Catfight Blu-ray Review

  • Actors: Sandra Oh, Anne Heche, Alicia Silverstone
  • Director: Onur Tukel
  • Format: Subtitled, Widescreen
  • Language: English
  • Subtitles: English
  • Region: Region A/1 
  • Number of discs: 1
  • Rated: Not Rated
  • Studio: Dark Sky Films
  • Release Date: April 25, 2017
  • Run Time: 95 minutes

        Catfight is a film determined to follow through on the promise of the title, though somehow manages to complicate a simple premise with the uneven elements of social satire in the world beyond the main characters engaged in battle. At the center of the story may be a conflict between two former college friends that repeatedly results in violence, but filmmaker Onur Tukel is never satisfied with focusing on these characters between the fistfights. Instead, much of the movie becomes preoccupied with the world they live in, including too many unnecessary characters and odd elements which often make it unclear whether this is a satire of modern times or a prediction of where we will be in the near future. 

        Despite the dedication of the cast, there are no likable characters to be found in Tukel’s black comedy about petty women. In the first section of the film, Veronica (Sandra Oh) is the wife of a wealthy businessman who smothers her teenage son while embarrassing her husband with excessive wine drinking. Even though Veronica is not entirely satisfied with her life, she engages in petty bragging after running into Ashley (Anne Heche), a former college friend working as a caterer at a party she is attending. Ashley is an artist struggling to make ends meet with her girlfriend (Alicia Silverstone), and is pushed to her boiling point after enduring Veronica’s passive aggressive comments.

        Without spoiling the twists the narrative has the offer (although they repeat, so that the formula becomes predictable about halfway through the film), each physical altercation between the women very conveniently uproots their lives. Each time they have a fight with each other, the film jumps forward in time a couple of years, so as to show us the dramatic reversals in fortune. In a typical narrative, the humbling experience of loss might alter the character of these two women, but Tukel keeps them fairly unsympathetic from beginning to end. Even in success, Ashley is as unbearable as she was when she was a bitter starving artist, and Veronica refuses to take responsibility for her own actions, even when humbled by the loss of her indulgent lifestyle. Neither of these women is particularly likeable, so it becomes impossible to root for one or the other when they start swinging.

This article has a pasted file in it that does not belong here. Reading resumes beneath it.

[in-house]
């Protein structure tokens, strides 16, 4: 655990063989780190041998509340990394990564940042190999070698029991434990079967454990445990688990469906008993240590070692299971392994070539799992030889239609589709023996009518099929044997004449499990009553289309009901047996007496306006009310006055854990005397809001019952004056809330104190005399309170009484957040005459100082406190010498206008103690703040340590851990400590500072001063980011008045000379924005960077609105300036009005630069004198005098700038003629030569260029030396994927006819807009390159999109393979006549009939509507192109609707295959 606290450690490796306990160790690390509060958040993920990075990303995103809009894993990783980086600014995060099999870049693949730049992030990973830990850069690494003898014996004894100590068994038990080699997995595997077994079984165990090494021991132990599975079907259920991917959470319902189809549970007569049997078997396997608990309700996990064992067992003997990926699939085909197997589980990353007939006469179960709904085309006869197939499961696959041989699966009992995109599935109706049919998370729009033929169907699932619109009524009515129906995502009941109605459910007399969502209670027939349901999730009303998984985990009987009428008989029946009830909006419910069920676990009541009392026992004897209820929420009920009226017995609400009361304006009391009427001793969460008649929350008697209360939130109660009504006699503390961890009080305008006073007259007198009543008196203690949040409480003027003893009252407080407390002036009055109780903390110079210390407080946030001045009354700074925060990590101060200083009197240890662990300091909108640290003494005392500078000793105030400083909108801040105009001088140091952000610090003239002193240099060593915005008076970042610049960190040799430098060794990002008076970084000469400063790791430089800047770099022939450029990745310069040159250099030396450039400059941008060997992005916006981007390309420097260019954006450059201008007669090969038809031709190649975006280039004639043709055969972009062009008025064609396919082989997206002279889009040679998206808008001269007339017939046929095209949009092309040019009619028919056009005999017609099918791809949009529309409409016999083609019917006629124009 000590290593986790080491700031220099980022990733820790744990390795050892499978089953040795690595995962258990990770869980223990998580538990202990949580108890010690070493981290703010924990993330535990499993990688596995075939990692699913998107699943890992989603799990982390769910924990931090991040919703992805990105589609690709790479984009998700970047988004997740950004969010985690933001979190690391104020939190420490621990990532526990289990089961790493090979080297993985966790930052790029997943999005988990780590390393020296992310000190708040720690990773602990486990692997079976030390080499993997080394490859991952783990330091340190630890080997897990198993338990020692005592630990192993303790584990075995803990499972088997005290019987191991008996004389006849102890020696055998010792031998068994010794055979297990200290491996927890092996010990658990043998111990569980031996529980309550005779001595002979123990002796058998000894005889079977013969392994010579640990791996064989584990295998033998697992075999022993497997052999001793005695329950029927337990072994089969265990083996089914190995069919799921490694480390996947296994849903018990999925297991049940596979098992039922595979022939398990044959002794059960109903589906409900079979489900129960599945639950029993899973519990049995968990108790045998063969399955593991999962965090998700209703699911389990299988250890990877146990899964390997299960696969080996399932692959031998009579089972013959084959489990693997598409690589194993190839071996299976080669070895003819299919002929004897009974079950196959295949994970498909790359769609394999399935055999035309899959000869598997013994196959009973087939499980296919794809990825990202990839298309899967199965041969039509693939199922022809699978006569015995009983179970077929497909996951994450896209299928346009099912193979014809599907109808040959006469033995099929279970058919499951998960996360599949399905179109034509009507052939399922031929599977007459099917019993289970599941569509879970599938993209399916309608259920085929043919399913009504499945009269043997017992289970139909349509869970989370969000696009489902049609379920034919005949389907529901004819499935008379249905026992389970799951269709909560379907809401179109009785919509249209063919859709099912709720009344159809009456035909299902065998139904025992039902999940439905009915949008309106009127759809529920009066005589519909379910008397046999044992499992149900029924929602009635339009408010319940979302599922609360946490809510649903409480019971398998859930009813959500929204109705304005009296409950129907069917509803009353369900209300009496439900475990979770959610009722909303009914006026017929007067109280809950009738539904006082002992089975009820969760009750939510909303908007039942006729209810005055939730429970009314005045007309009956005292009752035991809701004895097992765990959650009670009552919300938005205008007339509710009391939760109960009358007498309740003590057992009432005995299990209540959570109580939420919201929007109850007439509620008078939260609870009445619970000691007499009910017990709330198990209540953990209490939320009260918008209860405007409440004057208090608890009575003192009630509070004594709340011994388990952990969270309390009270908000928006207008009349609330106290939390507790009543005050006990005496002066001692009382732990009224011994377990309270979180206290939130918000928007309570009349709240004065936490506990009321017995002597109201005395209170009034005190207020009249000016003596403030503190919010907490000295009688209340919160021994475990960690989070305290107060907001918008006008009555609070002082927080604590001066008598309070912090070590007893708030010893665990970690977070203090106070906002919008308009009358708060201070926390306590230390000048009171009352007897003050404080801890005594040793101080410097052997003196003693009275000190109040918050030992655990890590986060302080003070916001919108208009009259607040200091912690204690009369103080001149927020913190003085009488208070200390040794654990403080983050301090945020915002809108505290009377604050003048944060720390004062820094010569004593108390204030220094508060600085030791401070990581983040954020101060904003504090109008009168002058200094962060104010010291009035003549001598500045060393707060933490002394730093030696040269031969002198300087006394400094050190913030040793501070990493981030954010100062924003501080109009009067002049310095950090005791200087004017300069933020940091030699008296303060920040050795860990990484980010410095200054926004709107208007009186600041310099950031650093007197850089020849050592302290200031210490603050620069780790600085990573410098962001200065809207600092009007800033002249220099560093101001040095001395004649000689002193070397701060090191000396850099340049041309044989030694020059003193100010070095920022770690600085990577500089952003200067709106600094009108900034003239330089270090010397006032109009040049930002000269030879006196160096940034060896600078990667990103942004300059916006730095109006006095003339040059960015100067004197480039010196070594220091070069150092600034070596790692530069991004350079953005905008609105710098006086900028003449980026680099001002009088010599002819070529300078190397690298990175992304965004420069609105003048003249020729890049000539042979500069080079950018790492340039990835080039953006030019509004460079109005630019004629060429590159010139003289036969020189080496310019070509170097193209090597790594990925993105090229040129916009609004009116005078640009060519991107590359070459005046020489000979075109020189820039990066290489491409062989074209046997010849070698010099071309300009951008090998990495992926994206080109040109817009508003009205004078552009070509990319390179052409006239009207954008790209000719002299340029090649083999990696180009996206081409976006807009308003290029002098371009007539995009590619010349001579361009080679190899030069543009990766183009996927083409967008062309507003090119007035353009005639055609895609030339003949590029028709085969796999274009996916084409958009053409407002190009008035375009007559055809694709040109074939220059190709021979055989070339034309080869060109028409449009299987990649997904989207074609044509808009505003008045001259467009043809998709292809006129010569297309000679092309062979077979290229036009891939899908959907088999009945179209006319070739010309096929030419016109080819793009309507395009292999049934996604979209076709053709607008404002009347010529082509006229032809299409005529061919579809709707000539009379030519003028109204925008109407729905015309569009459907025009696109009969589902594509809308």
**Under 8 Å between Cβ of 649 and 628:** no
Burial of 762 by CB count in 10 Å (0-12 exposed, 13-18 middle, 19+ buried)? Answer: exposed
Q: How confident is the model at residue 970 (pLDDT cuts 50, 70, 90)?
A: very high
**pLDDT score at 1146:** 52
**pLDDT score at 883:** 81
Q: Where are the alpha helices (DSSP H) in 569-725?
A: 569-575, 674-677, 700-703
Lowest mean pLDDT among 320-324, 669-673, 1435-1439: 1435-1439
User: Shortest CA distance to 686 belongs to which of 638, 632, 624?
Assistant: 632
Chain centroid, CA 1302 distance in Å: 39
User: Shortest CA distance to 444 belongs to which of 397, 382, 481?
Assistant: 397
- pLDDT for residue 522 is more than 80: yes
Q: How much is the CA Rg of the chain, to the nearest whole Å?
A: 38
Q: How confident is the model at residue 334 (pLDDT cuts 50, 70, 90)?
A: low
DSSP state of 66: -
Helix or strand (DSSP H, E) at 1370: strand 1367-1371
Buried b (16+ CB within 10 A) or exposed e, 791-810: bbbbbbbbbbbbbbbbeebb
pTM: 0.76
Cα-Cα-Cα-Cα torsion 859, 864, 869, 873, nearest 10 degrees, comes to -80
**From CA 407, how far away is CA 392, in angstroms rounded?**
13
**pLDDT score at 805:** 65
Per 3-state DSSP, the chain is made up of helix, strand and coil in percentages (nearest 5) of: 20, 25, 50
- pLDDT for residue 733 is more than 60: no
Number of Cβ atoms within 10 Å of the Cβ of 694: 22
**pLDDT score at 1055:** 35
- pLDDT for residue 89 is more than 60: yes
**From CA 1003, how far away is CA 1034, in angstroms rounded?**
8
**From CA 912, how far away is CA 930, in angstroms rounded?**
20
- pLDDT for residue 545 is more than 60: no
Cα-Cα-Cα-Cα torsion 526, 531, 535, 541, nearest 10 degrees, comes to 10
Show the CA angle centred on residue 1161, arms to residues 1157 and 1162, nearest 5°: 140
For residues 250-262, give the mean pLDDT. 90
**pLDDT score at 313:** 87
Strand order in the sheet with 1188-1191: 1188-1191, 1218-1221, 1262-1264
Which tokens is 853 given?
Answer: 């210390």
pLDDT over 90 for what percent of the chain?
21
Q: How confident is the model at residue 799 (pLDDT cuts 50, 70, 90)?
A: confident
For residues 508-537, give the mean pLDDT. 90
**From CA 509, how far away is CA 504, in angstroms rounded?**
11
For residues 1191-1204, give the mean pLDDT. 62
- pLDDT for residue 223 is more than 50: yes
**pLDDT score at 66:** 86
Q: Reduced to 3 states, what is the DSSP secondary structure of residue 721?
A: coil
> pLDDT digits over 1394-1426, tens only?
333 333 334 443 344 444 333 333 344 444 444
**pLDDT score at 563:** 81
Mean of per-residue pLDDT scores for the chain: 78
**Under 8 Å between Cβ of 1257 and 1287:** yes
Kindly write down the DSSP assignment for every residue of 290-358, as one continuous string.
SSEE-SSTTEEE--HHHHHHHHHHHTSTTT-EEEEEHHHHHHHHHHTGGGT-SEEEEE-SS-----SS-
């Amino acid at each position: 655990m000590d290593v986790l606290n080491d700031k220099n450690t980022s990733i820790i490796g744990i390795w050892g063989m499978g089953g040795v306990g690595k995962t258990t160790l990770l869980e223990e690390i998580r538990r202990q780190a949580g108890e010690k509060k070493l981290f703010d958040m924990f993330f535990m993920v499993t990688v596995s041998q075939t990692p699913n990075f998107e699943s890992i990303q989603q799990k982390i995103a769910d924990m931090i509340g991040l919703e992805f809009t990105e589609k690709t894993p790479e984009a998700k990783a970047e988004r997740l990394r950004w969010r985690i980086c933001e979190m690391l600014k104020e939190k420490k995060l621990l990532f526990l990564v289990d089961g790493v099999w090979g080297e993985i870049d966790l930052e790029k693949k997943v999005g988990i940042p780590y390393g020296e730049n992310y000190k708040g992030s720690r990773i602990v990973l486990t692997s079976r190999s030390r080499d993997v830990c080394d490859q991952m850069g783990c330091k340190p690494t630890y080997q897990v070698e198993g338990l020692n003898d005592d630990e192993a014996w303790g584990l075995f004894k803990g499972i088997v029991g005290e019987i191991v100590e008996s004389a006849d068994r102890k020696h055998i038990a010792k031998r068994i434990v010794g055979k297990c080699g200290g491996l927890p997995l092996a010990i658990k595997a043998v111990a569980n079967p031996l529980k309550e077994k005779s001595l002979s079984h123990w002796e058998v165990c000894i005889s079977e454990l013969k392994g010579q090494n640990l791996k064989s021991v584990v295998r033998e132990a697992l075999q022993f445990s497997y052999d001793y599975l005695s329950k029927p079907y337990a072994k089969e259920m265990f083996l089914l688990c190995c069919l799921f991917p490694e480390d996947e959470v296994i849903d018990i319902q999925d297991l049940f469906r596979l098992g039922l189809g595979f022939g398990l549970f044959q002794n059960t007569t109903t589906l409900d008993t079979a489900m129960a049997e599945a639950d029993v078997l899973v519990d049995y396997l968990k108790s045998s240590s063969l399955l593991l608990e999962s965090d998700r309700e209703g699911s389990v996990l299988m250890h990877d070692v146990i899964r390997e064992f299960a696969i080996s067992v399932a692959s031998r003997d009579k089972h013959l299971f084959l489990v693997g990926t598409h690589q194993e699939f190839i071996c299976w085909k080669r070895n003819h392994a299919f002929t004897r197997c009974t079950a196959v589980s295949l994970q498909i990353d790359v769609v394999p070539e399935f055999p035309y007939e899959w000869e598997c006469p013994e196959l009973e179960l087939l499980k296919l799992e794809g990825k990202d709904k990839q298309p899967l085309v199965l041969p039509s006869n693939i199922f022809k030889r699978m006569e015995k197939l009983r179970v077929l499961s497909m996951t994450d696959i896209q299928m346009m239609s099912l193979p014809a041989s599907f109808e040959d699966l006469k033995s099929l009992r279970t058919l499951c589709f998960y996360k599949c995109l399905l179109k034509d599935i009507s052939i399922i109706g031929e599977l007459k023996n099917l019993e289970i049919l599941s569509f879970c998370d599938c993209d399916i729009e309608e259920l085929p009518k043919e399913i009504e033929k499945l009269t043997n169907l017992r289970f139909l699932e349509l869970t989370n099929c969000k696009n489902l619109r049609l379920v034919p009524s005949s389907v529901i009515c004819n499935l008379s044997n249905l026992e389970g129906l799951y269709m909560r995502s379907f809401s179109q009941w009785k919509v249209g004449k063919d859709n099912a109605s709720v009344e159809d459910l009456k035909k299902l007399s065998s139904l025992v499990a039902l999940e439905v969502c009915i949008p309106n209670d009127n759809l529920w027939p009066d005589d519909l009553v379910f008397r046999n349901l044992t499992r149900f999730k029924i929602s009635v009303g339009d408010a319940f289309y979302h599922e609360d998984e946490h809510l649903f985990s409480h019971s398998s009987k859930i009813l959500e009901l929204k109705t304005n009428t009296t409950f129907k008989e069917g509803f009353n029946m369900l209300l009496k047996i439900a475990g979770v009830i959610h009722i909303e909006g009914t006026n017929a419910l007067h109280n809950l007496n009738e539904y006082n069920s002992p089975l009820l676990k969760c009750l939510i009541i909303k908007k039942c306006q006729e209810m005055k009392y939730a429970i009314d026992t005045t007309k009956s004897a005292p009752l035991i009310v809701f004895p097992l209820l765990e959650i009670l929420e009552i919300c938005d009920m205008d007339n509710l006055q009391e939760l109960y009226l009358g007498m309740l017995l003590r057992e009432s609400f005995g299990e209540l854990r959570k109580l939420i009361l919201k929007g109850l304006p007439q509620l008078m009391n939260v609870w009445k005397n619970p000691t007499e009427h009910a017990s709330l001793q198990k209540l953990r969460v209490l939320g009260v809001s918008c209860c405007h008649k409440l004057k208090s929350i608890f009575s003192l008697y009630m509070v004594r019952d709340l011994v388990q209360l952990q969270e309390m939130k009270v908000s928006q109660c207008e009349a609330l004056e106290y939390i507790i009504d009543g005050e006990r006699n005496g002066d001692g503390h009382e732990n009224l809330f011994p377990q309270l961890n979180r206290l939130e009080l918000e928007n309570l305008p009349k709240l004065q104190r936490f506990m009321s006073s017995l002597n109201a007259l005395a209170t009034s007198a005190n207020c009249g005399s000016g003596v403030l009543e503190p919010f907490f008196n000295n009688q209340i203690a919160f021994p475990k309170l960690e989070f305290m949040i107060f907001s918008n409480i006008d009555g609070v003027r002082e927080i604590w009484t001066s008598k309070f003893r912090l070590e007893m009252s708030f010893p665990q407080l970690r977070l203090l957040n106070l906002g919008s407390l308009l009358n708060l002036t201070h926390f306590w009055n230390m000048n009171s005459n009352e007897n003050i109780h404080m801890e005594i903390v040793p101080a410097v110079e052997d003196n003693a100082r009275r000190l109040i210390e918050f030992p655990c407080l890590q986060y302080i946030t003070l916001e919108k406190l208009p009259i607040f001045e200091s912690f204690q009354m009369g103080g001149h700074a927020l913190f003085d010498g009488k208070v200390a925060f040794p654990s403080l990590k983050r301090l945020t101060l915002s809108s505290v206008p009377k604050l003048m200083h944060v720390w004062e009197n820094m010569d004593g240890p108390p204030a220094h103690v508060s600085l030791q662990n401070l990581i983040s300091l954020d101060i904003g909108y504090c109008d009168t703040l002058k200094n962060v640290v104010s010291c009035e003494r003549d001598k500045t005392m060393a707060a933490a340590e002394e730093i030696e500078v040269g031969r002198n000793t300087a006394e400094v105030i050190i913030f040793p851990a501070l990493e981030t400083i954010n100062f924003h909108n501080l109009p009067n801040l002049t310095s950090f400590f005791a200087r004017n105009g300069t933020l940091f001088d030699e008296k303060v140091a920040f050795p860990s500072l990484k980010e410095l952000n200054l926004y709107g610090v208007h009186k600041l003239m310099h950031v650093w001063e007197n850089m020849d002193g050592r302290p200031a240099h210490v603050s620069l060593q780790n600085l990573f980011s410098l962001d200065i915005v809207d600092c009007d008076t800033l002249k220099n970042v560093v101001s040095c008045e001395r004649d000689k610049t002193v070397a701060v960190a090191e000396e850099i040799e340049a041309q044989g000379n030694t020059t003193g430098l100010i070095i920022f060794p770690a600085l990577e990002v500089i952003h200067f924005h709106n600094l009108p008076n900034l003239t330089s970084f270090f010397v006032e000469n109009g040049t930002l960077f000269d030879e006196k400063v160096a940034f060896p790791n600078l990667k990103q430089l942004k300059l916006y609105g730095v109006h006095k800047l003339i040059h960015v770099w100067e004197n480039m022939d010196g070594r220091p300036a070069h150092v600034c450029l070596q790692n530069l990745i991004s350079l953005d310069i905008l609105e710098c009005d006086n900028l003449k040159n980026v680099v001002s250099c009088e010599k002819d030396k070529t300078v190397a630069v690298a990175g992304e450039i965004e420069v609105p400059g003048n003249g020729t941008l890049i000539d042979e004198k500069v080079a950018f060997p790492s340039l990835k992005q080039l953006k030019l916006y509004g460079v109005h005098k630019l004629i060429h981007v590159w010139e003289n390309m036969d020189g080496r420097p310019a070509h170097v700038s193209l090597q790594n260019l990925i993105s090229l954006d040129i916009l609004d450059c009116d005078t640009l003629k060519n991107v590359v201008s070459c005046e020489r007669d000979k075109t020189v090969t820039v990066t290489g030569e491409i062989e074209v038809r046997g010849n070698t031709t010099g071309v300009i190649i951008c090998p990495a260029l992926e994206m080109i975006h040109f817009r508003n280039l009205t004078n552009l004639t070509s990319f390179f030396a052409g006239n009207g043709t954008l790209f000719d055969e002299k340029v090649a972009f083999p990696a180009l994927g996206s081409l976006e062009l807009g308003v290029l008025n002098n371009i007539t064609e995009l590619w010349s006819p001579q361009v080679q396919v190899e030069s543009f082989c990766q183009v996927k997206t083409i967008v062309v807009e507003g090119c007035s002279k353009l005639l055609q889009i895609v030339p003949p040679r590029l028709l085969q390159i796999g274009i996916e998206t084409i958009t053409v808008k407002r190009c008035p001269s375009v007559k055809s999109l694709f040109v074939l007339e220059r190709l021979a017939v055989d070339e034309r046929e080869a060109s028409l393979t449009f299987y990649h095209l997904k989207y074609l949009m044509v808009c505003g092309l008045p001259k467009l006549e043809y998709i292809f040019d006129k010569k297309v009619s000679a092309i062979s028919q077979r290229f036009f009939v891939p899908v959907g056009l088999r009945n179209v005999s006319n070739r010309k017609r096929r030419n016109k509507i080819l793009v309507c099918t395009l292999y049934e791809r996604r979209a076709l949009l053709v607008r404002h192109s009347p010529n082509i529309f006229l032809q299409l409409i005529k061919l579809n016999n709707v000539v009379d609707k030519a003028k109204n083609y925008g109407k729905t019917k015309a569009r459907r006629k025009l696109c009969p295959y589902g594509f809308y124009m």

This film may pass the Bechdel test, but it does very little for the advancement of female characters in film. Heche and Oh give dedicated performances, though they are never allowed to develop the characters beyond the petty selfish behavior that defines them. And Tukel’s insistence on making the rest of the world they live in appear just as pathetic through depictions of sophomoric jokes and scathing political commentary leaves the audience nothing to admire. It comes as a relief when these women finally begin throwing punches, because nearly all human behavior in the film is unbearable enough to inspire a desire for violence.

        Even with a few name actors and a cast of recognizable supporting talent, Catfight is clearly low budget filmmaking. The visuals are not all terrible, but the inconsistencies can clearly be seen from scene to scene, especially on Blu-ray high definition. Even worse is the cartoonish sound design for the fight sequences, which makes each punch unrealistic despite the realistic approach to the performances by each actor.

        The special features on the Blu-ray include two commentary tracks, deleted scenes, and a featurette about the fight choreography in the film. The first commentary just has writer/editor/director Tukel, while the second includes both leading ladies. There is also a slideshow of the art featured in the film included in the extras, along with a trailer for the film.  

Entertainment Value: 6/10
Quality of Filmmaking: 5/10
Historical Significance:  3/10
Special Features: 6.5/10

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